No matter where you are or what level you've attained in life or your job, there is always something new to learn, each and every day. In fact, it is rare that I don't learn something every day, even if it is only a confirmation that I don't know as much as I thought I did. Which is pretty sad considering I had a number of teachers in High School and College who tried to convince me that I knew more than I thought I did. In reality, I think I knew less than they thought I did.
In any event, in my journey as a writer, I've had many pearls of wisdom thrown at me. Some were just silly (if your heroine isn't sympathetic, give her a pet cat) and some were really important.
Make sure the reader understands the character and character's motivations from the beginning.
That's harder than it sounds because it is so drilled in to writers that they shouldn't spend pages on background info that can be "dribbled in" as needed later. Yes, sort of true, but the reader at least needs to understand the character's current situation, even if it just "superficial" and doesn't explain the deep, dark issues.
I do have to say, however, as a reader, that I actually prefer it if the author gives me one or two pages about the character to give me at least an overview of how the character got to where they are when the book starts. But then, I always like things explained to me. My favorite part of any mystery is at the end where the hero (or heroine) sums up everything and explains why the bad guy did what he did and how the hero figured it all out.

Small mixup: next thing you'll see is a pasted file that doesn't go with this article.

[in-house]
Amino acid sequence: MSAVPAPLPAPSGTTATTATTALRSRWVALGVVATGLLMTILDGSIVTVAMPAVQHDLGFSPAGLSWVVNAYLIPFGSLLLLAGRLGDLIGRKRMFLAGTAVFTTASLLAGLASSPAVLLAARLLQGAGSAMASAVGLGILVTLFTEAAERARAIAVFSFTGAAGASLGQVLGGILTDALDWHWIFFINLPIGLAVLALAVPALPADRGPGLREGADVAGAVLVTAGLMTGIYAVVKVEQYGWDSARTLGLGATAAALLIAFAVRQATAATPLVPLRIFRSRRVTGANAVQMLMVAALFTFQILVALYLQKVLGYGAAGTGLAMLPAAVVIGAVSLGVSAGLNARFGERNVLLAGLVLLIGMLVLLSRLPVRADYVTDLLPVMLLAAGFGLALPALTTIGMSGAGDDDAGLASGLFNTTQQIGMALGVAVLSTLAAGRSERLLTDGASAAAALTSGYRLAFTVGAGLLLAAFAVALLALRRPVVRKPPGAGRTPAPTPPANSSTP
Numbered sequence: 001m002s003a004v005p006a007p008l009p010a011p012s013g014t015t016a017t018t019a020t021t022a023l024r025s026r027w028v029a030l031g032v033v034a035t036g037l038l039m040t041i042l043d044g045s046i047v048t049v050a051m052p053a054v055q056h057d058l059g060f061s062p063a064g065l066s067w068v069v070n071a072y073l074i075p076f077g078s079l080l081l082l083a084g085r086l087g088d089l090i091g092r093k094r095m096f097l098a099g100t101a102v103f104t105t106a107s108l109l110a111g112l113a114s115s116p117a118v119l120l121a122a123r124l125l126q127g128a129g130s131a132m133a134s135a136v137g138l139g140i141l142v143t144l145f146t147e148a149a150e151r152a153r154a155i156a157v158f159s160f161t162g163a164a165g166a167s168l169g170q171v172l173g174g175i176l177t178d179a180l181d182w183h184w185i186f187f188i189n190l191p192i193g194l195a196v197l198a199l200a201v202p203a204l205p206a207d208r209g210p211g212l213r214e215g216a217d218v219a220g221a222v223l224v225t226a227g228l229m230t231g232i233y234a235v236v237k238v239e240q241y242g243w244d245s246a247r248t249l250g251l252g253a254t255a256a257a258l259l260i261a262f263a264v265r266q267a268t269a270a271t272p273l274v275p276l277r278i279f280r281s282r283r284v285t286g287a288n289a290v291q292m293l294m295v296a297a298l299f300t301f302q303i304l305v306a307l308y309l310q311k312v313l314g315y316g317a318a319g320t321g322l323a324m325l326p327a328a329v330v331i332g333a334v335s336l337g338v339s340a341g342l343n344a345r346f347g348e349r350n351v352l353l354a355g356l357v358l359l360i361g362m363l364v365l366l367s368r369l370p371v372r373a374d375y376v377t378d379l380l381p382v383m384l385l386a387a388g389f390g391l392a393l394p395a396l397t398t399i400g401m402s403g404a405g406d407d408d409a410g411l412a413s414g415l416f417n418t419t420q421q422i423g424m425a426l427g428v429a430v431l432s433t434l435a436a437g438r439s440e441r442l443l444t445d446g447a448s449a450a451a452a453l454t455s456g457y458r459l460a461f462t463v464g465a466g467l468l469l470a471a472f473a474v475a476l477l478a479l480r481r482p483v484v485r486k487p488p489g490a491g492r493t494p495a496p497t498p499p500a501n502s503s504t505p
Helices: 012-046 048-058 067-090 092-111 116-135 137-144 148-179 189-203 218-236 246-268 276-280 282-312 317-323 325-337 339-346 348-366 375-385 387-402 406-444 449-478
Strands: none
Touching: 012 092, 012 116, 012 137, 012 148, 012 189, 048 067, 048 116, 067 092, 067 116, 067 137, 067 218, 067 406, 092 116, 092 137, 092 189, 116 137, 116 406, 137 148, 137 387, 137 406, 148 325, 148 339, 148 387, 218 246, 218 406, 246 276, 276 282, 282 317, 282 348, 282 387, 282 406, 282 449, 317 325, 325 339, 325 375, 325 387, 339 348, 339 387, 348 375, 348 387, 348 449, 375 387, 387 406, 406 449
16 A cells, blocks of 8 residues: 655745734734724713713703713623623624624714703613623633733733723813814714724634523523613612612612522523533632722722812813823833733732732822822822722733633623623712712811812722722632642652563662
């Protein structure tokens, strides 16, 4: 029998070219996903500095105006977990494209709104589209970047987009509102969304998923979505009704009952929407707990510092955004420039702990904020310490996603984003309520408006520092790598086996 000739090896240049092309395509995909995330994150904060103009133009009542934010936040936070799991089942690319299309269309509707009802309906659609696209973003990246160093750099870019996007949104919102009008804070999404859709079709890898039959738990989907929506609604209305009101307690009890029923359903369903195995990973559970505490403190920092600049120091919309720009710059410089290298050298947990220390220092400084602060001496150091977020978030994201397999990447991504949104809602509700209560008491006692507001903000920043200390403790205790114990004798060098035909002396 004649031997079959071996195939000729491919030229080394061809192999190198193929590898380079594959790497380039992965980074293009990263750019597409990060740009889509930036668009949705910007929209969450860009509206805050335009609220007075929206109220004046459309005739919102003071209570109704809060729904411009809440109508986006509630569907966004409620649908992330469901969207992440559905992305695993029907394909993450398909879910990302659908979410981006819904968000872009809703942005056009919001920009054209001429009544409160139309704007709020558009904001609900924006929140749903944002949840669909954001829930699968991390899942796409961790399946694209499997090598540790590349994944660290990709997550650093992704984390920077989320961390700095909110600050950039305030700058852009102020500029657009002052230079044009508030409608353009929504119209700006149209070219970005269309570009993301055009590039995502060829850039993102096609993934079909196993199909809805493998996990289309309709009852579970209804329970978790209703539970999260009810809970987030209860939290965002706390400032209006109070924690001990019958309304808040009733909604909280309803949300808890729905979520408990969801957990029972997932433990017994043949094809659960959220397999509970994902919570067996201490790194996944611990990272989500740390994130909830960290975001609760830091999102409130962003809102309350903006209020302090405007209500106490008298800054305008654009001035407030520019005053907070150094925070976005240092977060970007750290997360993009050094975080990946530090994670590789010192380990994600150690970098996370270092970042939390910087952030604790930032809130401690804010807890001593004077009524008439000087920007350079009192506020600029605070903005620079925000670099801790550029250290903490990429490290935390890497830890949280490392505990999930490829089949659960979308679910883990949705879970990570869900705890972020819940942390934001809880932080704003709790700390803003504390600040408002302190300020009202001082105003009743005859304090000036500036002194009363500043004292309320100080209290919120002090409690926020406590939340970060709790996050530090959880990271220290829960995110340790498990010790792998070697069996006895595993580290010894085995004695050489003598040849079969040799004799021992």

Motivate the action tags.
Another place where I figured the reader would just know and I shouldn't be explaining… Yes and no. What this means is that, if your character flushes, you need to give us at least a hint as to why. Because people can flush for any one of a number of reasons, including anger or humiliation. Most actions can be interpreted in a number of ways and the reader isn't there to see all the body language, so you have to clue them in. She touched the lace of her collar with nervous fingers. It's the word nervous that clues the reader into the fact that the heroine is nervous—her gesture reveals that. However, it is vastly different than the less-than-helpful tag: She touched the lace of her collar.
As a writer, I was trying to avoid telling the reader what the character's emotions were, I wanted the gestures and conversation to show what the character was feeling. The problem was, I wrote things like: She rubbed her palms against her skirt. This left the reader with the image, but no real notion of why the character was doing this. Was she nervous and wiping away the dampness of her palms? Was she trying to control her anger?
You see the issue.
Make sure the action and reaction is in the proper sequential order.
Thomas stood in the doorway and remarked, "It's sure cold in here." When Sylvia refused to acknowledge his presence, he crossed his legs and picked up a magazine, completely prepared to ignore her, too.
The problem in the above paragraph is not one of sequence so much as leaving out an important point. Thomas must have taken a seat at some point, but it isn't mentioned. So the reader is left with the jarring sensation if missing something, since not too many people can cross their legs while they are standing up and still keep their balance.
Thomas said, "Nice work, Alice!"
Alice fumed behind her desk, wishing she had her own office.
Now, in the above sequence, it sounds like Alice resents what Thomas said and wishes she didn't have to share an office with him. But, what if the author meant you to understand that Thomas saw Alice fuming over her lack of privacy and tried to cheer her up by saying, "Nice work, Alice!". That's a sequence problem. You would have to switch the two sentences if Thomas' statement is in reaction to Alice's foul mood. If Alice's foul mood is in reaction to Thomas' statement, then the sequence is appropriate as show above.
Just a few things to think about as you write your way into the New York Times Bestseller list!